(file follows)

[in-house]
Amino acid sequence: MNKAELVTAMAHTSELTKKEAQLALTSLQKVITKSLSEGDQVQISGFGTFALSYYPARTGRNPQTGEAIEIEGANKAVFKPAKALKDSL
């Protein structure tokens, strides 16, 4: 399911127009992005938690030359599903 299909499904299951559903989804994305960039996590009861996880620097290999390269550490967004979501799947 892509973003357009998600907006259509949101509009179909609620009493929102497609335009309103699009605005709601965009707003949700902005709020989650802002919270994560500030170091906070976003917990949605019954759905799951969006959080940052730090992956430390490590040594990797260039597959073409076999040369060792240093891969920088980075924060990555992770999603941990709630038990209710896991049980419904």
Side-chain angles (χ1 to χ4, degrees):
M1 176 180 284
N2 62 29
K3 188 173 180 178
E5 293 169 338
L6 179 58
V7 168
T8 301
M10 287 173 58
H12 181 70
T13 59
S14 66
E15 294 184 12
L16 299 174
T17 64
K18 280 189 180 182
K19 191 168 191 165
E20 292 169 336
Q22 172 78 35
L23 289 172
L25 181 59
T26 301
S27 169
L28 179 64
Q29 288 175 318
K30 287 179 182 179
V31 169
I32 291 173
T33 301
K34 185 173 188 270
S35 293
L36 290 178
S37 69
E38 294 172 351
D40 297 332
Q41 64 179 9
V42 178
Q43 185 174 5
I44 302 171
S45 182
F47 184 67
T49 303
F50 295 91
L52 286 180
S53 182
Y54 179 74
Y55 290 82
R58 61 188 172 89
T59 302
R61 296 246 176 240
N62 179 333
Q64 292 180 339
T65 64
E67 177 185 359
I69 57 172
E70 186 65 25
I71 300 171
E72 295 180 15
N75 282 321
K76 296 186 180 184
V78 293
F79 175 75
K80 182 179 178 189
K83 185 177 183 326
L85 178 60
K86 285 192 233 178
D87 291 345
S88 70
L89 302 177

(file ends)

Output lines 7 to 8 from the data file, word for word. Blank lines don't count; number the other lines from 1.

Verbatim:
K3 188 173 180 178
E5 293 169 338